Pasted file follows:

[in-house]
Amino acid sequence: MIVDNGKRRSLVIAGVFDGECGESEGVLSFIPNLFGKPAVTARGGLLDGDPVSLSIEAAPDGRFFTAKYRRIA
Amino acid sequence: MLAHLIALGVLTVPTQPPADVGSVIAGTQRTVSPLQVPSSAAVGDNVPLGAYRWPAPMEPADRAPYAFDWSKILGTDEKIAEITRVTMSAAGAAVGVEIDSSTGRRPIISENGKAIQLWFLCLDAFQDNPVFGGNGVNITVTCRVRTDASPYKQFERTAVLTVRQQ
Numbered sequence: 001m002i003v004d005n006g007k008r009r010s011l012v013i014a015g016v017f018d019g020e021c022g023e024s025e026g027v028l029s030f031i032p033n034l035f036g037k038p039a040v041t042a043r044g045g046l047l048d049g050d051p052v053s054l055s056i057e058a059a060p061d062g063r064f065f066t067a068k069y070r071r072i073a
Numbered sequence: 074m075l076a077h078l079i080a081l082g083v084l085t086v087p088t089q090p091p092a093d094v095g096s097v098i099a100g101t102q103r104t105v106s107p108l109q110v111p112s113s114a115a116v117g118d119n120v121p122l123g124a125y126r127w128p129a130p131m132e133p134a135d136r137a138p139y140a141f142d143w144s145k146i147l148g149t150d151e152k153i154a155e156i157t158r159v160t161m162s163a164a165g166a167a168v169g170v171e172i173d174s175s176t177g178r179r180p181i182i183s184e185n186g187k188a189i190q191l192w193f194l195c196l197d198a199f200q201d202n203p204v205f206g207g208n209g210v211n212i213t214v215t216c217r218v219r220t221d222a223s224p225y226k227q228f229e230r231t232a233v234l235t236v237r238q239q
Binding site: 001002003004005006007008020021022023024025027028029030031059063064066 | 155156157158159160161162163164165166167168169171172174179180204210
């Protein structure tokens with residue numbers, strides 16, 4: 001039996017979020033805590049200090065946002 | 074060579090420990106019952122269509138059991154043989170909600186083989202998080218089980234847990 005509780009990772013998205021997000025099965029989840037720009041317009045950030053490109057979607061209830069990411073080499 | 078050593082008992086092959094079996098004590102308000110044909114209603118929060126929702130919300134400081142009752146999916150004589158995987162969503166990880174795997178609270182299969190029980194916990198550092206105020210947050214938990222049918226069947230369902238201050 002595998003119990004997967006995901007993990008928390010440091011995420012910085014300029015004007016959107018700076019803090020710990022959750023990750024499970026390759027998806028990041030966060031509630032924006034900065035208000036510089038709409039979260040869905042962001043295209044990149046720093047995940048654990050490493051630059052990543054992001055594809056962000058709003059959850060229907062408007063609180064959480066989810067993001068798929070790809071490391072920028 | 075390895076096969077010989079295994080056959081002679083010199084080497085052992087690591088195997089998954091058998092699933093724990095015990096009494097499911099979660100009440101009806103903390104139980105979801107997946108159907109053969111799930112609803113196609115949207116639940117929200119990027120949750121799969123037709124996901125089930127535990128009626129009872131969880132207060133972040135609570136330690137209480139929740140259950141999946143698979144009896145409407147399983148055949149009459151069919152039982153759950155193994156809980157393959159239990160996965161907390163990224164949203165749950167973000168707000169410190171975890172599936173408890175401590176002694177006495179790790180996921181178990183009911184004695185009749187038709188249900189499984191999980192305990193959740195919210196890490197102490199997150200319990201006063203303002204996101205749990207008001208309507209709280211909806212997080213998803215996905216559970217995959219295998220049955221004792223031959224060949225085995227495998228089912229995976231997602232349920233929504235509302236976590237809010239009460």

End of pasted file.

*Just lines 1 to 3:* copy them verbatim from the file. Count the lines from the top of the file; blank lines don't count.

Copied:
[in-house]
Amino acid sequence: MIVDNGKRRSLVIAGVFDGECGESEGVLSFIPNLFGKPAVTARGGLLDGDPVSLSIEAAPDGRFFTAKYRRIA
Amino acid sequence: MLAHLIALGVLTVPTQPPADVGSVIAGTQRTVSPLQVPSSAAVGDNVPLGAYRWPAPMEPADRAPYAFDWSKILGTDEKIAEITRVTMSAAGAAVGVEIDSSTGRRPIISENGKAIQLWFLCLDAFQDNPVFGGNGVNITVTCRVRTDASPYKQFERTAVLTVRQQ